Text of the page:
Filmmakers Vincent Paronnaud and Marjane Satrapi collaborated to co-write and co-direct this adaptation of Satrapi's bestselling autobiographical graphic novel detailing the trials faced by an outspoken Iranian girl who finds her unique attitude and outlook on life repeatedly challenged during the Islamic revolution. The English-language version ...
Filmmakers Vincent Paronnaud and Marjane Satrapi collaborated to co-write and co-direct this adaptation of Satrapi's bestselling autobiographical graphic novel detailing the trials faced by an outspoken Iranian girl who finds her unique attitude and outlook on life repeatedly challenged during the Islamic revolution. The English-language version features the voice talents of Sean Penn, Gena Rowlands, and Iggy Pop, with Catherine Deneuve and Chiara Mastroianni reprising their roles from the original French-language version. Jason Buchanan, Rovi
Good. A copy that has been used, but remains in clean condition. All pages are intact, and the cover is, this may or may not include dustcover. The spine may show signs of wear. Pages can include limited notes and highlighting, and the copy can include "From th.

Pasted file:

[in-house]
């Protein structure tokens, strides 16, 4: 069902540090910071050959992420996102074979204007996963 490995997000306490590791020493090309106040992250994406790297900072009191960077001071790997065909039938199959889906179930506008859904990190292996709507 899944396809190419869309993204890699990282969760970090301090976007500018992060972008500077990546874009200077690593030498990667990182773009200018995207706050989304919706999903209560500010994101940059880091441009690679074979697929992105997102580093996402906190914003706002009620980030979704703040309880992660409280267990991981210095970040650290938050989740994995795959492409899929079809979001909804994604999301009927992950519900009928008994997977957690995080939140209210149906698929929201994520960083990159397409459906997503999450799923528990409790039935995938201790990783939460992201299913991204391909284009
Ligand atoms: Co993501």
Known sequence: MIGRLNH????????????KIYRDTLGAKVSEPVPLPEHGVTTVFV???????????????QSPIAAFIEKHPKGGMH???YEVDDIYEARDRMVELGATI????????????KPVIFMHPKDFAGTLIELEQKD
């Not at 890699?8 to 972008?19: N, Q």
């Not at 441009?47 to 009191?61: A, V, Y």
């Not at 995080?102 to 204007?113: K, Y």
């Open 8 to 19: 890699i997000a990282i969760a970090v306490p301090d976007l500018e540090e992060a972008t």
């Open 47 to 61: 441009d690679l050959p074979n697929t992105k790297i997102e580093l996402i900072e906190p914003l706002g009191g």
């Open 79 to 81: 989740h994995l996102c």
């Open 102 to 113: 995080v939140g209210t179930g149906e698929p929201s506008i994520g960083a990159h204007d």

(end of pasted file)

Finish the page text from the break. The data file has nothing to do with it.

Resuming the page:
Like New. Item is in Like New condition: An apparently untouched item in near perfect condition. Original protective wrapping may be missing, but the original packaging is intact and pristine. Item is suitable for gift presentation.
Good. 2007 Run time: 95. Open Books is a nonprofit social venture that operates two extraordinary bookstores, provides community programs, and mobilizes passionate volunteers to promote literacy in Chicago and beyond.
I loved this movie and have loaned it to friends and the feedback has been that it is excellent.
Sep 10, 2008
Quiet and sad, but gripping
One would think that the translation of a graphic novel to the screen would make it hard to say, "The book was better." However, the book IS better -- but the movie version is still quite good. Telling her life story, Marjane Satrapi traces her life from a child in Tehran to adulthood in Paris and living through the Islamic Revolution. With that backdrop, amidst the typical teenage angst of trying to figure out exactly who one is, Satrapi paints a gorgeous, gripping -- and extremely sad -- picture. This film is all of those, but somehow feels a little less satisfying, as if something got cut out along the way. While it does use the medium to enhance certain portions of the story, this is yet another case of a film being good, but the book being better. Still, it's very much worth watching and a nice fresh approach to animation (actually, it's the old, antiquated approach, but everything old is, apparently, new again.)